18) "After all, to the well-organised mind, death is but the next great adventure." I hope you're enjoying your adventure, Professor. We will miss you. I like that Harry found these words worth remembering, since he repeats them to Ron and Hermione. It shows how closely he pays attention to Dumbledore and how much respect he has for the headmaster's wisdom.
19) "Call him Voldemort, Harry. Always use the proper name for things." And yet, Dumbledore always calls him "Tom". But I guess that would spoil the surprise in CoS if we already knew Voldemort was once called Tom.
20) "Not truly alive, he cannot be killed. And there we have the main problem which Harry must overcome.
21) "He left Quirrell to die." Dumbledore announces Quirrell's death a long ways into this conversation. I think he was reluctant to bring it up.
22) "He shows just as little mercy to his followers as his enemies." And that, I will swear to it, will be Voldemort's downfall. Fear can only inspire so much loyalty.
23) "Why would he want to kill me in the first place?" Was it the right thing to do for Dumbledore not to tell Harry about the prophesy here? Would it have been too much pressure on an 11-year-old? Would it have inspired too much self-importance?
24) "To have been loved so deeply [...] will give us some protection for ever." Bullshit. Then almost everyone would be safe from Voldemort and killing curses would be rebounding all over the place.
25) "And then, your father did something Snape could never forgive." Ah, the first reference to The Prank! The stuff of legends! Also, I don't believe for a second that Snape felt he owed James Potter anything. It makes a lot more sense if Snape protected Harry for his mother's sake.
2007-02-26 03:54 am (UTC)
Re: PS:17 - The Man With Two Faces (Bloomsbury 1997) - 2
"your mother needn't have died"
I've always wondered about this too. I don't know that it was so much that Voldemort was going to give Lily the opportunity to live. I think it's more that he was just saying that to Harry to persuade him at the time. I can't imagine that Voldemort, having killed so many others, would let anyone live. Unless he was also trying to get her to come over to his side (because of her potions abilities, perhaps)?
2007-02-26 04:02 am (UTC)
Re: PS:17 - The Man With Two Faces (Bloomsbury 1997) - 2
Well, we know from PoA that Lily really needn't have died. When the Dementors crowd in, we repeatedly hear Voldemort telling Lily to "stand aside". And why would he need her when he's already got Snape? Or at least he thinks he does....
2007-02-26 12:52 am (UTC)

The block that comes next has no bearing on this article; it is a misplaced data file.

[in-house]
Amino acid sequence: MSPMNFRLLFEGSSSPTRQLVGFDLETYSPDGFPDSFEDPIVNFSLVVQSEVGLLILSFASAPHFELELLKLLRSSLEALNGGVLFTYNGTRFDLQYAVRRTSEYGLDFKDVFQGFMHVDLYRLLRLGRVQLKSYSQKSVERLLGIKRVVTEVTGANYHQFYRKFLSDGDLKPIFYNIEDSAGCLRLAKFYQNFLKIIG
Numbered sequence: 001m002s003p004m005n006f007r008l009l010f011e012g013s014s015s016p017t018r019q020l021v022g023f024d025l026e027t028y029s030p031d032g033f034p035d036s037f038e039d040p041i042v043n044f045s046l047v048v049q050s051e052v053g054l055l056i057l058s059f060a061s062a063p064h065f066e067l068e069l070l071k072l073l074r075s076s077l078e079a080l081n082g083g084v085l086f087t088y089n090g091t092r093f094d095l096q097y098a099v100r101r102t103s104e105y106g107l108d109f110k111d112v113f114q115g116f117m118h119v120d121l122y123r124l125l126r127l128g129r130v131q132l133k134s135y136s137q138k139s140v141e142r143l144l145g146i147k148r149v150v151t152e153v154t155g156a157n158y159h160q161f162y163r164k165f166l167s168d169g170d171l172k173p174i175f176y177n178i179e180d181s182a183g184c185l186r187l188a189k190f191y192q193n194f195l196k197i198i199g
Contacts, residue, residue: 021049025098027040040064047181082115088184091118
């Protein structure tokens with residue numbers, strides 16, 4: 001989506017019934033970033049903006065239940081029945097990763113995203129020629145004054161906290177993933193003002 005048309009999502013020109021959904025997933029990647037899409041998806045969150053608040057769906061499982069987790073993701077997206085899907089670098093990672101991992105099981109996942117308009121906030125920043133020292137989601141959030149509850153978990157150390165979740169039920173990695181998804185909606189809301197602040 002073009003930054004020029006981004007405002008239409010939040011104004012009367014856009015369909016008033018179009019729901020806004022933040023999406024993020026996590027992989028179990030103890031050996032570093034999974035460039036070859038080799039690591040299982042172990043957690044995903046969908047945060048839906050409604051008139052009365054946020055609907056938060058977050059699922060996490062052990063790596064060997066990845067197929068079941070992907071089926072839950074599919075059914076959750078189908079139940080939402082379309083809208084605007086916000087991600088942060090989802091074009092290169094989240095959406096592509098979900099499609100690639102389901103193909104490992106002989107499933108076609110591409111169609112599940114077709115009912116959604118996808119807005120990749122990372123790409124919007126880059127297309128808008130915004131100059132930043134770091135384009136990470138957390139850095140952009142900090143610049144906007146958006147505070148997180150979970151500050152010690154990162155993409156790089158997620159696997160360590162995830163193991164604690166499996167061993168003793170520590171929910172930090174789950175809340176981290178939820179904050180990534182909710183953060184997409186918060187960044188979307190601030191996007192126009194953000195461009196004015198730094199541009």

PS:17 - The Man With Two Faces (Bloomsbury 1997) - 3
26) Dumbledore's timeline.
There were no Every-Flavour Beans when Dumbledore was "in his youth". Bertie Bott was only born in 1935, when Dumbledore was already probably more than 80 years old.27) "Harry's gone after him, hasn't he?"
How did Dumbledore know? I mean, it was probably obvious when he arrived at the Ministry that he'd been sent on a wild goose chase, but that is a very specific question for him to be asking. He says "him", implying he probably knows who is after the stone. Did Snape get a message to him somehow? Or McGonagall?28) Dumbledore's permission.
I like the trio working out that Dumbledore had given them the chance for the adventure. But we're still only assuming he did, along with them. After all, he never confirms this.29) The photo album.
*sniff* What a wonderful gift for Harry. Poor Remus must have a lot of blank spaces in his own albums now. I wonder who else Hagrid got pictures from? We don't know the names of any of Lily's friends, and of course Hagrid wouldn't have contacted Sirius and Peter.30) The House Cup.
I actually think that was a pretty awful thing to do to the Slytherins; letting them think they had won when they must have worked hard to get all those points, and then snagging it out from under their noses at the last minute. I would have been well pissed off. Not that the trio and Neville didn't earn every one of those points. He could have given Harry only 50 points and called it a tie, even. It would have been a lot fairer for Dumbledore to have let Gryffindor have a head start the next year.31) Neville.
Aww...he's never won even one point before? But he gets some later, doesn't he? I do like that Dumbledore awards his points last, so that it's Neville who puts them over the top. It gives him proper recognition for his own brand of heroism.32) Wandless magic.
Dumbledore claps his hands to change the house colours, just as Quirrell did to perform his magic. But it doesn't seem the clapping or snapping would be necessary for wandless magic, unless it acts as some kind of energy focus.33) How do Crabbe and Goyle manage to pass exams?
I can't imagine them studying, but I guess they must turn in their homework along with the rest.34) Trevor sighting!
In the toilets, eh? Spying on people or already hunting down the Chamber of Secrets?35) First years leave by boat as well.
Just thought it was interesting.36) Ginny!
I like Ginny. Especially after she grows a personality in OotP
. It's funny that she's all bouncy and yelling about Harry at King's Cross, but when Harry comes to their house a couple months later, she can't even speak in his presence. And I remember exactly what *that* was like. :p
...And...we're done! Off to the Chamber of Secrets
after midnight (and the Oscars) tonight!
Incidentally, I've expanded on my own version
of the "McGonagall is evil" theory
in my journal today. It was fun. To summarise: What if McGonagall is Voldemort's sister? No really; at least read what I wrote before you tell me I'm on crack.
I just wanted to say I've enjoyed your little postings for each of these chapters. I like that you've not just posted the chapter titles, but made reference to things that happened in the text.